Thursday, August 24, 2006

You Know, A Nine-Hole Is Still A Golf Course

Over at, writer Chris Baldwin makes an excellent point on the lack of 9-hole courses. To me, he's right on the money. I've often complained that golf is a sport that isn't growing and one reason is that an 18-hole round takes 5-6 hours to complete. Add to that the excessive costs and the distance you must travel to find a course if you live in a major city, it's no wonder that for the last five years, as many people pick up the game as drop it. Even for someone like me that is involved in the golf industry, it is very difficult to take that much time (especially during the weekday) to play. If there were 3,000 yard 9-holes, I'd think that many more people would pick up the sport and stick with it. It would also be easier for businesspeople to go to the course on a long lunch hour, especially if they were close to the population centers. Unfortunately, the nice mature courses get plowed under for housing. Golf is often accused of being an elitist sport. It is a hard enough sport to learn and play, why make it even more difficult by requiring those who play to ante up $75 green fees and 5-6 hours to play?

Wednesday, August 23, 2006

Golf Gear News - Podcast #21 - AGAIN

Click CLICK HERE to listen.

Due to some technical glitch that hasn't been completely figured out, our last podcast #21 ended up not being uploaded by podreaders. Our media kit was grabbed and uploaded instead. So, we are uploading the podcast again in the hopes that everything has been worked out. Sorry for the inconvenience and thanks for listening.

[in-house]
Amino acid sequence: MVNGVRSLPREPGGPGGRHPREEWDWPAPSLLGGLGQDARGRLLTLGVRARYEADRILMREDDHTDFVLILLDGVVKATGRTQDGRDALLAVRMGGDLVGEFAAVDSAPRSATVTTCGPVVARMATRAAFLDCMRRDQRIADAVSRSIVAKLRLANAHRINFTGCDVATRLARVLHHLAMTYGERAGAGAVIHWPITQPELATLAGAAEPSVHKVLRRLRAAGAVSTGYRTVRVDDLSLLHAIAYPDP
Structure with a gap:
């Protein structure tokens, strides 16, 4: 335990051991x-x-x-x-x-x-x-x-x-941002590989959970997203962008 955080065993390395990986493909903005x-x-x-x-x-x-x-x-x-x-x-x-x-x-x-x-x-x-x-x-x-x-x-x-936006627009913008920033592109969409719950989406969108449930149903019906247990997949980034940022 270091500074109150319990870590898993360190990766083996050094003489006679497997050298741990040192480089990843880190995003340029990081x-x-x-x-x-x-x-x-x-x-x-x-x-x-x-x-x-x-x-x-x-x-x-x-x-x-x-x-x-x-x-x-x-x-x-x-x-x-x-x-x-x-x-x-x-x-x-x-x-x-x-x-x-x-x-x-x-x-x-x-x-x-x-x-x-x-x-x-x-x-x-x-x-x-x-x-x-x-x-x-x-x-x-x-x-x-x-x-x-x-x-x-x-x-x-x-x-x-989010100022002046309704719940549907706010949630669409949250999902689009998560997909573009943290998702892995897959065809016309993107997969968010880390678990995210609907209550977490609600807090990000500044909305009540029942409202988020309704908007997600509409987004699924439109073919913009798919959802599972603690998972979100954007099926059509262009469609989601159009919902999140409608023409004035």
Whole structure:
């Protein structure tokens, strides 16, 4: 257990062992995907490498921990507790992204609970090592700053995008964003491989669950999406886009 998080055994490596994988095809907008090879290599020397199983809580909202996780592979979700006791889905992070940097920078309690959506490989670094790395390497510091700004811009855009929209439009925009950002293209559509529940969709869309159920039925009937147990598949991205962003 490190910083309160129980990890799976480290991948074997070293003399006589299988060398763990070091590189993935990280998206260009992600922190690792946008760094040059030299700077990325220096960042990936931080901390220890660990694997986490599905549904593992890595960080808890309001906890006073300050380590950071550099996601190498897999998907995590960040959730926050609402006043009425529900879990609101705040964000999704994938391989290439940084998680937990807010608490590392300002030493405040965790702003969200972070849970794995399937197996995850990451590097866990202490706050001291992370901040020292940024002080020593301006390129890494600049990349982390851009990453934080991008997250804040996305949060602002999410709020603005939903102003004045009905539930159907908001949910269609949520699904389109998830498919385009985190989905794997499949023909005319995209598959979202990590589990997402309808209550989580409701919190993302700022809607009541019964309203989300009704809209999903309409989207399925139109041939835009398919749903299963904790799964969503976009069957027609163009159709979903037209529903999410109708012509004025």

Wednesday, August 09, 2006

Michelle Wie Dumps Caddie. Is this the Beginning or the End?

I continued to be amazed at the ongoing saga of Michelle Wie. Anything that she does is front page news. So she fires here caddie. Big deal. Keeping a job as a caddie on the tour is harder than being a professional golfer. You can't fire yourself, but you can fire you caddie if you are playing poorly and Ms. Wie really stunk up the joint at the Ladies British Open.

I attribute the Michelle Wie phenomenon to the lifecycle of a product. Odd analog I know, but bear with me.

First, you've never heard of the product. Second, you market the hell out of it. Third, everyone knows about the product and everyone is talking about it. Fourth, everyone buys into the hype and has to get one. Fifth, now that everyone has one, we search to see if there is anything else to quench our buying lust? Sixth, finding nothing, then we, the fickle public, move to the next "great thing" and start buying that.

Michelle Wie is the same thing. Right now Wie, Inc. is a novelty, a circus act, an entertainment. The public likes that. They like to talk about what's new around the water cooler. Once the subject of Michelle Wie is old news, then we move onto something else more interesting.

Remember, before Ms. Wie turned pro, we talked all about the "young guns" on the LPGA. Now, since most of them have played poorly this year, we latched onto the latest sensation – Wieism (the worship of a winless wonder).

Now, unless Ms. Wie starts winning tournaments, she too will be old news. Faster than you can say Britney Spears.

Think of it as disposable celebrity.

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